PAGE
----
The Conductor

Taras Krysa, a lanky 42-year-old Ukrainian, has a serious musical mind, a loud, ready laugh and an impish wit. He grew up playing the violin and then spent his young adulthood looking for something besides music that he could do with his life. The experiment didn’t work. Today he is UNLV’s director of orchestras and the conductor of the all-volunteer Henderson Symphony Orchestra—the latter of which he has built in four years from a small civic ensemble into a cultural force in Valley.

“Both my parents were concert musicians from the Ukraine,” he says. “My father was a violinist. My mother was concert pianist. My musical fate was decided before I was born.”

When Krysa was 6 years old, his father presented him with his first violin. Soon after, he began studying at a local school for musically gifted students. “I did have a ‘normal’ childhood,” he chuckles. “There were times I hated to practice. I played hockey, soccer. I wasn’t a musical prodigy.” His family moved to the United States in 1989 and he later attended Indiana and Northwestern universities, where he briefly looked for a career outside the family business—one where he could blaze his own trail—before he finally admitted to himself that his parents’ trail wasn’t half bad.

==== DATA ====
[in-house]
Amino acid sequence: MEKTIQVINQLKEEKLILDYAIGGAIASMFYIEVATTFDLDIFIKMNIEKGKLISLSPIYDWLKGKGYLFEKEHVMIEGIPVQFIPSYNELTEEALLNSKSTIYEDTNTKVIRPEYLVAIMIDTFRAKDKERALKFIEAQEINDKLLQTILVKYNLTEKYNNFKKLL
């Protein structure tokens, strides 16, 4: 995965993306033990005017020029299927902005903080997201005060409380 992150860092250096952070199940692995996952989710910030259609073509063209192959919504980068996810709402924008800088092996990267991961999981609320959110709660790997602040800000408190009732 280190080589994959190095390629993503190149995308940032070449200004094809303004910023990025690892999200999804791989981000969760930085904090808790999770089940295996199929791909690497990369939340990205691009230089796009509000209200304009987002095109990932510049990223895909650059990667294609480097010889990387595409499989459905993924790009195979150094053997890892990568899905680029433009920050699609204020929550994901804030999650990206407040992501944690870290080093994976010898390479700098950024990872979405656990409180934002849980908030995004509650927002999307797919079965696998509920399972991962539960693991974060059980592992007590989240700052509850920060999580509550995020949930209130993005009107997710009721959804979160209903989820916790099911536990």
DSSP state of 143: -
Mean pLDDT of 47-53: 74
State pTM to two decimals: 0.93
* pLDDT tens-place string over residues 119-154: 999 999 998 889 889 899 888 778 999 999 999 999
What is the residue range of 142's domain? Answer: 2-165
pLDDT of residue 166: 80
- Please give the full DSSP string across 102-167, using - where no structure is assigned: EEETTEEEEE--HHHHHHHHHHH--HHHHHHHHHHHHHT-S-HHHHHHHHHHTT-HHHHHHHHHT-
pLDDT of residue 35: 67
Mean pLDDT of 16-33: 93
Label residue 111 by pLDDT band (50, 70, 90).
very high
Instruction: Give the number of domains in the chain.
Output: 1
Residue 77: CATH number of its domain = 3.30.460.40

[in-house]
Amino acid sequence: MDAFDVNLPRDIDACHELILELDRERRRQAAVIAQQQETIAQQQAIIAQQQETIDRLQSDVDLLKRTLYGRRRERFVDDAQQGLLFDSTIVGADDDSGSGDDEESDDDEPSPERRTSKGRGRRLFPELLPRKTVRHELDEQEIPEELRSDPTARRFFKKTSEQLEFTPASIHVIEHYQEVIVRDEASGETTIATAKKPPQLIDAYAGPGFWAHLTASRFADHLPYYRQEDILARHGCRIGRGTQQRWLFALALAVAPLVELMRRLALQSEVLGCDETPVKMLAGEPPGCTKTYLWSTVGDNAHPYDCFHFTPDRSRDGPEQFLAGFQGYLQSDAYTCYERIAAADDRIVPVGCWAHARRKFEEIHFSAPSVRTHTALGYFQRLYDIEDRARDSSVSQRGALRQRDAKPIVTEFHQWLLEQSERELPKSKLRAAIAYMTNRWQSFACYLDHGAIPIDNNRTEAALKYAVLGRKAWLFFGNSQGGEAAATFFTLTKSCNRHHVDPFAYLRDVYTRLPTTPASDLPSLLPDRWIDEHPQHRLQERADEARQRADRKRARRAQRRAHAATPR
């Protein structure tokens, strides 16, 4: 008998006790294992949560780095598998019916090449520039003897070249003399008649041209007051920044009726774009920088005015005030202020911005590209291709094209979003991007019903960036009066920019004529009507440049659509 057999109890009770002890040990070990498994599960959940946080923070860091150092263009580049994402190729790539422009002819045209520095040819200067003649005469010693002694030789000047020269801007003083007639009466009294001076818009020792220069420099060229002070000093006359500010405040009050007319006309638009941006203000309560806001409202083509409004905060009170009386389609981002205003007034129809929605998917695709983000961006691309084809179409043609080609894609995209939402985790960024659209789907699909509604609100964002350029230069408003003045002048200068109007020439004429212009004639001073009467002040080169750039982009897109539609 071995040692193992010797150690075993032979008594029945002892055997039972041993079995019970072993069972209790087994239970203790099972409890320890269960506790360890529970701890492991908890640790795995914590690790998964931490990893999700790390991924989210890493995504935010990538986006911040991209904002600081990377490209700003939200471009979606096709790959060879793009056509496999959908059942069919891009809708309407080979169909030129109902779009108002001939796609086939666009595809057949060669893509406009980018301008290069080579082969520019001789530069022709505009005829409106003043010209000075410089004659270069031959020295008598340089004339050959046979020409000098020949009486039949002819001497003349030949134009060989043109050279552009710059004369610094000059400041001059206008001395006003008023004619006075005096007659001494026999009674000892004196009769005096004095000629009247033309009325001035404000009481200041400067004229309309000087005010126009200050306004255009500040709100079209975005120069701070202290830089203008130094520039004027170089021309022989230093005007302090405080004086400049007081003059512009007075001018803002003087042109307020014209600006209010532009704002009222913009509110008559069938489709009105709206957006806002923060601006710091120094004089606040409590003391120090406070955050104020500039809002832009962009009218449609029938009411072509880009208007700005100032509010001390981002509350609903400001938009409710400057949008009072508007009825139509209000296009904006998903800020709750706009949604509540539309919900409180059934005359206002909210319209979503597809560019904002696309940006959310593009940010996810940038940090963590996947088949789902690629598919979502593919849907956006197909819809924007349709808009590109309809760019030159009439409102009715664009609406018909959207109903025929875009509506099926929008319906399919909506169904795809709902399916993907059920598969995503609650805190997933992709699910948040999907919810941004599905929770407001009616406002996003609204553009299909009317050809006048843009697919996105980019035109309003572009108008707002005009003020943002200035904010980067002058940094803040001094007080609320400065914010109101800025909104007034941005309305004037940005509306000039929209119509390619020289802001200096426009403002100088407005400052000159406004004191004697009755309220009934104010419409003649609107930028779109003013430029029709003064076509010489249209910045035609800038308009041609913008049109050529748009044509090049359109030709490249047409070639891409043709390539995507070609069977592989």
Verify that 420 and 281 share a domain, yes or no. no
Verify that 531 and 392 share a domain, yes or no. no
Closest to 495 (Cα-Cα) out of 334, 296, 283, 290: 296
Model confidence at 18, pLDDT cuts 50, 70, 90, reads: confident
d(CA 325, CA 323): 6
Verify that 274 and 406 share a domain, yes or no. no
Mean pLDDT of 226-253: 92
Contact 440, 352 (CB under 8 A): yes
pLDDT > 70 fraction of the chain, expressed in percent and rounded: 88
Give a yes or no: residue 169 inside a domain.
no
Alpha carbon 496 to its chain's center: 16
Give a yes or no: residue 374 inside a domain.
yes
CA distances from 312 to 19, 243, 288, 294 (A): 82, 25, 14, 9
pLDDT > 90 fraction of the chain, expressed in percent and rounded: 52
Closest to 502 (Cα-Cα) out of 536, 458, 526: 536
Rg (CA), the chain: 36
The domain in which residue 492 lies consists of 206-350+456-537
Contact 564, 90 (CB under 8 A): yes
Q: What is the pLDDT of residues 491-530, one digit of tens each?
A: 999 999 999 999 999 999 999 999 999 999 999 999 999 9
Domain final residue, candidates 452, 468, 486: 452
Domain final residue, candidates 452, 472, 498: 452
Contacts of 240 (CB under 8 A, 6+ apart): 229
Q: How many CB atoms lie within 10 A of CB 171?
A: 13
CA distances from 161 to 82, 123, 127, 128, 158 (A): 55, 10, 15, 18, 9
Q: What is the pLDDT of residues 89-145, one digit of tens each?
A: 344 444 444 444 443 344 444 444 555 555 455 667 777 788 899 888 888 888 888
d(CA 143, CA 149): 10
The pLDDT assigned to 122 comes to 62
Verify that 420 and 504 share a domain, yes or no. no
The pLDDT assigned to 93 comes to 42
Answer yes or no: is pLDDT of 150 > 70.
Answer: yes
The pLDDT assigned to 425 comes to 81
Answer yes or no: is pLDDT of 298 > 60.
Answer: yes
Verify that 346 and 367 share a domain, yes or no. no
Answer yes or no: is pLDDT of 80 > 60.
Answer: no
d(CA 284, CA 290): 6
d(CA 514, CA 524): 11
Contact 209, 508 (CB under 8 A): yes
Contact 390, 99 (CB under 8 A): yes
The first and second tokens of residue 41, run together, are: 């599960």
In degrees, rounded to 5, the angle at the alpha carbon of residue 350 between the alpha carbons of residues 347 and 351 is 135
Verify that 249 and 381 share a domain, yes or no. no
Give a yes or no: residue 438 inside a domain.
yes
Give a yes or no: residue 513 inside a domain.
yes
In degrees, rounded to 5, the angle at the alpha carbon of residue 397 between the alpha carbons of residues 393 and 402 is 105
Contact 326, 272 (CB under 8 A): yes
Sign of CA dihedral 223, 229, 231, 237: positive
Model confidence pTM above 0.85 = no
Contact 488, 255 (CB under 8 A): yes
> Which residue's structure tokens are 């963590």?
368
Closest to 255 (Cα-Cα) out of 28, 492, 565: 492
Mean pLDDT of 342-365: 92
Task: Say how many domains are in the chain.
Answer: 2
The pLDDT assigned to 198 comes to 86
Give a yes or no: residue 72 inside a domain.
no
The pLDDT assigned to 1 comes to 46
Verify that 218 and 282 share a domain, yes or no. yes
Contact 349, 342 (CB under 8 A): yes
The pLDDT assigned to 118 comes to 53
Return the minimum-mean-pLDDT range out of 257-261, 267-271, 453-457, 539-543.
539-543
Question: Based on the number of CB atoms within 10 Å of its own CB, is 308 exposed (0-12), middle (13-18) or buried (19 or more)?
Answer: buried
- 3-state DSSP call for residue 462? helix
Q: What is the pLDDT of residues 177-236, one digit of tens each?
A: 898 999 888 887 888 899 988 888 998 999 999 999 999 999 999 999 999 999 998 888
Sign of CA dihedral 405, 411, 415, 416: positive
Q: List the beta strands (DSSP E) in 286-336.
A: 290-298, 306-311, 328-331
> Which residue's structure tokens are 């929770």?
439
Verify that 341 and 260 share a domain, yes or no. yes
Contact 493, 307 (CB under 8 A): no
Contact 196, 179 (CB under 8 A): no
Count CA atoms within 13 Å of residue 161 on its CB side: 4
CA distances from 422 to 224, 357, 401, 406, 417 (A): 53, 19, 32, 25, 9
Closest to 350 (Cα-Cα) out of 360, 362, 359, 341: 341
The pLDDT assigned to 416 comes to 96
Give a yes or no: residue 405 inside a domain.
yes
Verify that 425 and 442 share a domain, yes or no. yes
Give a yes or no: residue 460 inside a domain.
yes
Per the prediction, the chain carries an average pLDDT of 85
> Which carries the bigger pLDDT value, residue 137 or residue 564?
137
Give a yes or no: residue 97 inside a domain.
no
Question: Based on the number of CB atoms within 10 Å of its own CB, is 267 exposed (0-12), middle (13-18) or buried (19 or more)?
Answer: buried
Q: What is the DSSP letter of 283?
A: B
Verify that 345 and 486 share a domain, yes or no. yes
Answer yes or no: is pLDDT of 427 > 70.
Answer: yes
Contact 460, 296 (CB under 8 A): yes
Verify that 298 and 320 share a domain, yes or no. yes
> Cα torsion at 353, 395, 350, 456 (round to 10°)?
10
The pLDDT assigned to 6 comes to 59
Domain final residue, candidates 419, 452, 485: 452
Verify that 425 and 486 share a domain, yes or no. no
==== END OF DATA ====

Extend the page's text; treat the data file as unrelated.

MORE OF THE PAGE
“I truly loved classical music,” he says. “I knew it was going to put bread on my table.” His music degree led him to a spot in the New World Symphony, a Florida-based orchestra for talented young musicians from around the U.S. who hope to land a job with a professional orchestra. He found his as a vilolinist with the St. Louis Symphony. Soon he was drawn to conducting.

Krysa describes his leadership style as “gently demanding”—and it seems to work. “When I became conductor [of the Henderson Symphony Orchestra] back in 2007, it consisted of a handful of people in the orchestra playing in a gym and about 150 people who’d show up to listen.”

Those days are a distant memory: In June, more than 1,200 people came to watch an 80-member orchestra perform Charlie Chaplin’s City Lights score as the film played on a giant screen. And it’s not just the number of musicians and concertgoers that are growing. Krysa has quietly started cultivating the symphony’s reputation outside of the Valley by bringing in soloists, commissioning new works, and bringing in guest conductors.

“All professional orchestras in America started off as community orchestras,” he says. “Our goal right now is just to expand the audience and improve the quality of the performance. As we say in Russian, ‘Tishe edesh, dalshe budesh’ meaning, ‘the quieter you go, the farther you’ll get.’”



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